Leslie A. Farber
Are You Liable for Your Employee’s Acts?
Updated: Jul 3, 2019
Small business owner or global corporation, employers are often held liable for the conduct of their employees. Although generally, people are not held liable for the actions of others, the doctrine of “respondeat superior,” a Latin phrase meaning “let the superior answer” applies in employer/employee relationships. The purpose of this rule is to hold employers responsible for the cost of employee carelessness or misconduct.
But, this rule only applies if the employee is acting within the scope of employment. That is, if the employee was doing his or her job, carrying out company business or acting on the company’s behalf when the incident occurred. If the employee acted independently or for personal reasons, the employer might not be liable. Here are a few examples of the differences.
A securities firm provides cell phones for its agents. An agent, on the phone with a client while driving, is distracted and hits a pedestrian. The firm probably will be found liable and required to pay the pedestrian’s medical bills and maybe more.
A pizza chain promises delivery in 30 minutes "or your next pizza is on us." The delivery person hits a pedestrian while speeding to get there in under 30 minutes, the company will probably be legally responsible.
A custodian mops the floor in the customer aisle of a retail store, forgets to put a “Wet Floor” sign in the area, and a customer slips and falls on the wet floor and is injured. In that situation, the store owner would be liable for the custodian’s negligence.
A tech company provides company vehicles to technicians for on-site visits. One evening after the last appointment, a technician stops at a bar and after leaving the bar, hits a pedestrian. The employer probably will not be held responsible because, although the car is owned by the employer, the employee was using the car for personal, not business, reasons when the accident occurred.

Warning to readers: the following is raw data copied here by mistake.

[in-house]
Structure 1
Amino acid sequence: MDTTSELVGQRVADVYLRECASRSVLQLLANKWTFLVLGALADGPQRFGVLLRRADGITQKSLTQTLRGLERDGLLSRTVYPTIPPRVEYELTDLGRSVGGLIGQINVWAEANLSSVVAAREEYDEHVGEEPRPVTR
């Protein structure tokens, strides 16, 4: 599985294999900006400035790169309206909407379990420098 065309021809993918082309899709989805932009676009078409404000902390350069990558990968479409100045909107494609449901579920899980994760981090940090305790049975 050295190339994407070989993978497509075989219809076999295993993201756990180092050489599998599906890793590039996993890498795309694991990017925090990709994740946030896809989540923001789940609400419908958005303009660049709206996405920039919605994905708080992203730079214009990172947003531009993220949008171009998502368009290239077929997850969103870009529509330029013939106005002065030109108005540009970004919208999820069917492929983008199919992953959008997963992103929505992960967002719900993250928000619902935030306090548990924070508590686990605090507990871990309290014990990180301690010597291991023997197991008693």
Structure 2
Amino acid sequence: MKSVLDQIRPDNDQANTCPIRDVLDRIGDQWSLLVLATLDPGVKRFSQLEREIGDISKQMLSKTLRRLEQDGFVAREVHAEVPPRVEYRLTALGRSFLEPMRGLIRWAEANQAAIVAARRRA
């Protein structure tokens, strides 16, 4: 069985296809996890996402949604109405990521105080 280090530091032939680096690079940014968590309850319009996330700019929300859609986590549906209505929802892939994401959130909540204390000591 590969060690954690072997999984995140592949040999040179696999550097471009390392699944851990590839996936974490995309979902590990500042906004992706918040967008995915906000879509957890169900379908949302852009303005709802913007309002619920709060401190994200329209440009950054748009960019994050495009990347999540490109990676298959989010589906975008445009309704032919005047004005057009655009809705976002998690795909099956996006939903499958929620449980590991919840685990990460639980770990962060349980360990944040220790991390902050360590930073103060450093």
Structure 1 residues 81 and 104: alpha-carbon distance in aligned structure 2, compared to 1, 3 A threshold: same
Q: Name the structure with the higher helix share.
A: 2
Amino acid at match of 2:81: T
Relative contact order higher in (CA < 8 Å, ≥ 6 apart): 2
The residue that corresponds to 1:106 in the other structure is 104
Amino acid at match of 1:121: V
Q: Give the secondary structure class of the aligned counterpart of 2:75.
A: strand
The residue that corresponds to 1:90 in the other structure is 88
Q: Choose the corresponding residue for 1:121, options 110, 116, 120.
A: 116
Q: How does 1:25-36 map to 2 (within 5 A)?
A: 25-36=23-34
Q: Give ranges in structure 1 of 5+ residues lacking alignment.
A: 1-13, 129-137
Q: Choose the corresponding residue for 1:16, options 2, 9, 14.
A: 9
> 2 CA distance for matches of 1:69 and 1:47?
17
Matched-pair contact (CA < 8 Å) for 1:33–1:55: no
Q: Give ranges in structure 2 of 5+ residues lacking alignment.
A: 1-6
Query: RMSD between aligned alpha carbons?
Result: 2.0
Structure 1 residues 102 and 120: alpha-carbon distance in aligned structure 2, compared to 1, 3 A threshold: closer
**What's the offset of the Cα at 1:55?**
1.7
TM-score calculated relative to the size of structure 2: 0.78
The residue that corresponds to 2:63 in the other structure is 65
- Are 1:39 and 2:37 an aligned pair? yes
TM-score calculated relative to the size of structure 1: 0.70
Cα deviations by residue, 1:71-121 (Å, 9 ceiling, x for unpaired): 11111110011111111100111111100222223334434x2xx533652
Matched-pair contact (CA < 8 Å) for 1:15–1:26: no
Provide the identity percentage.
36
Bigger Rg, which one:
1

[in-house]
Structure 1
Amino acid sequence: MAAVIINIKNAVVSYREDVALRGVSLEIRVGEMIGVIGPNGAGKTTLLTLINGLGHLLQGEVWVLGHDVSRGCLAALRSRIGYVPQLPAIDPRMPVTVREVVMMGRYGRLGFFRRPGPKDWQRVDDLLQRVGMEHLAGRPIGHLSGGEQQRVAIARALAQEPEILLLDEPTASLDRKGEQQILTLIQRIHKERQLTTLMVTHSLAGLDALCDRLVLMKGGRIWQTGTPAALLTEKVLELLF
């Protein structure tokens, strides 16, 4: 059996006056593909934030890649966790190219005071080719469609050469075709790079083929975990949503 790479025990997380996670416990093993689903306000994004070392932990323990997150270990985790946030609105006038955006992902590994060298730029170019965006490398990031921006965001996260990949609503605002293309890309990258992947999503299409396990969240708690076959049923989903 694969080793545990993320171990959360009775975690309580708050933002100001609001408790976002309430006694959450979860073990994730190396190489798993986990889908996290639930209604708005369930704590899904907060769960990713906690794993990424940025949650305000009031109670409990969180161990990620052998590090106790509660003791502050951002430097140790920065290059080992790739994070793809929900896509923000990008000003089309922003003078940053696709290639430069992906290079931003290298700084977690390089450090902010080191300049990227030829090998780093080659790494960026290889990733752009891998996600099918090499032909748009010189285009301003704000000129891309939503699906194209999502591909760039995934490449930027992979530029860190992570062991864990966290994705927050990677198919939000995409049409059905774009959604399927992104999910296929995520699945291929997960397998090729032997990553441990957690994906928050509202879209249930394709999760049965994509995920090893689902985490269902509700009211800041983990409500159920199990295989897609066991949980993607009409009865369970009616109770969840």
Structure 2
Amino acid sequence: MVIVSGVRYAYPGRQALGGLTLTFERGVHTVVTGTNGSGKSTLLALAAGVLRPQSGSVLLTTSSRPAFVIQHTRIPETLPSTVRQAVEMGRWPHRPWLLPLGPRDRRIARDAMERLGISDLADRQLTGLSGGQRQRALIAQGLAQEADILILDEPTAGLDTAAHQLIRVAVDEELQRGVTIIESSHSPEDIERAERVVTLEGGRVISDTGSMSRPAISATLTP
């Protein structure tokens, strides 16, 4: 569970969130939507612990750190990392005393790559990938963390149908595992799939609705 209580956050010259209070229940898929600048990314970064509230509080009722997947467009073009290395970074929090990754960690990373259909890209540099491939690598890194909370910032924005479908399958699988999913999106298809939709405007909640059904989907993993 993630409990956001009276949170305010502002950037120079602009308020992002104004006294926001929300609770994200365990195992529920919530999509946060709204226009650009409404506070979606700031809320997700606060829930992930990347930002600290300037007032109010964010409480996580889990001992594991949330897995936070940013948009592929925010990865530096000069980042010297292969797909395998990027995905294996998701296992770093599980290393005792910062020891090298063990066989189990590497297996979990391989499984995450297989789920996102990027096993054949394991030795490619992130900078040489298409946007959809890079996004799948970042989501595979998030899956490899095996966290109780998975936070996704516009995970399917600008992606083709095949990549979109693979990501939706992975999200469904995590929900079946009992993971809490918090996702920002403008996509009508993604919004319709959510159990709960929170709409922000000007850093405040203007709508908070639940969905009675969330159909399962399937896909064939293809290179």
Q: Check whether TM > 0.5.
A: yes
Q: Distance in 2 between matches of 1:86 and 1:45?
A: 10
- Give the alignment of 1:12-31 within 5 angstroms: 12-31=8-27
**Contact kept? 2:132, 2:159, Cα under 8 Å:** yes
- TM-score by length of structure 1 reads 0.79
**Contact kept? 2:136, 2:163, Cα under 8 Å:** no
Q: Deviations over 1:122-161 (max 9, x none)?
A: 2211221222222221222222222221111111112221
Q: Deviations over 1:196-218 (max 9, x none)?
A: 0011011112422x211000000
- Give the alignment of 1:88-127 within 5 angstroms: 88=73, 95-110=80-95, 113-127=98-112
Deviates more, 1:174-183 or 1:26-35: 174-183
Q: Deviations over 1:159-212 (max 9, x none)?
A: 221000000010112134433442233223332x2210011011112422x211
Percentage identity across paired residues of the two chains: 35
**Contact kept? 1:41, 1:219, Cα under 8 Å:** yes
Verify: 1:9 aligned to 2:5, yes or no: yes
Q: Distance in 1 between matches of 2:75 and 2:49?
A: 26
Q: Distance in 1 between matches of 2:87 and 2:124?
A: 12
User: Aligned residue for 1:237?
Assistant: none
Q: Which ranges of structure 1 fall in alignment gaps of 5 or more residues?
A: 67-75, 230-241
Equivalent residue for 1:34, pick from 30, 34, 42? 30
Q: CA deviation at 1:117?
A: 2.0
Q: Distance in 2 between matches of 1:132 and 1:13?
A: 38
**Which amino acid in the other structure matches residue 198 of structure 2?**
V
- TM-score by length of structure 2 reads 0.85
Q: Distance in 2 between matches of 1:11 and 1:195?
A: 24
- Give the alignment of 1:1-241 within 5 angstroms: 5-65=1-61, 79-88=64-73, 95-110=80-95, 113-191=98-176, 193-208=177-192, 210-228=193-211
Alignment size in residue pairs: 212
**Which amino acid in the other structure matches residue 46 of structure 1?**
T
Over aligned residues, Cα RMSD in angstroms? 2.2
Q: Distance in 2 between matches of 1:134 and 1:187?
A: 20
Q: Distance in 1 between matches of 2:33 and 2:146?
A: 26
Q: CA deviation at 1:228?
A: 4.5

In some cases, companies designate their workers as independent contractors, instead of employees, hoping to avoid liability. This is because respondeat superior only applies to employment relationships, not the relationship between a company and an independent contractor. However, most courts consider multiple factors when determining whether an employment relationship exists for purposes of applying liability.
Business owners can also be held responsible for an employee’s actions under the theory of “negligent hiring,” “negligent training,” or “negligent retention.” “Negligent hiring” is a type of legal claim that can be made by a customer or worker who is somehow hurt or “damaged” by an employee you hire. These case might happen when the employee in question commits some sort of crime on company time.
Negligent hiring means the employer knew or should have known about the employee's background which would have indicated that the worker could be dangerous. Background checks and drug tests can help reduce these types of claims.
Some examples of negligent hiring/retention are:
An Arkansas Federal Court recently awarded $7 million in damages to the family of a Arkansas truck driver killed in a 2008 accident in a wrongful death lawsuit brought against a timber company and its truck driver who caused the accident. The lawyers for the family argued that the timber company had negligently hired the truck driver who caused the accident without conducting a basic background search that would have quickly revealed a history of unsafe driving that included having his license revoked twice.
An employee rapes a coworker. On review, it is discovered that the employee is a registered sex offender who has served prison time for sexual assault. The employer might be liable because this information was discoverable with effective background checking.
Mary Foley ran a small temporary service agency. Last year she assigned a retired military man to a position as a night watchman at a warehouse. Mary did not know was that the man had never really been in the military. She also did not know that the man had a prior criminal record and current debt problems. He began stealing equipment from the warehouse. Since he technically worked for the temporary employment firm, Mary got sued and might lose the lawsuit.
There is a clear trend for allowing injured third parties to sue employers for hiring or keeping dangerous workers. You can minimize your exposure to lawsuits if you: perform background check on potential employees – verify resumes, check for criminal convictions, and check driving records. And if anything arises to indicate a worker on your payroll may be dangerous, deal with it immediately to avoid being sued for negligent retention.
If you have any questions about your or your companies’ responsibilities, you can contact me via email LFarber@LFarberLaw.com or phone 973-509-8500 x213.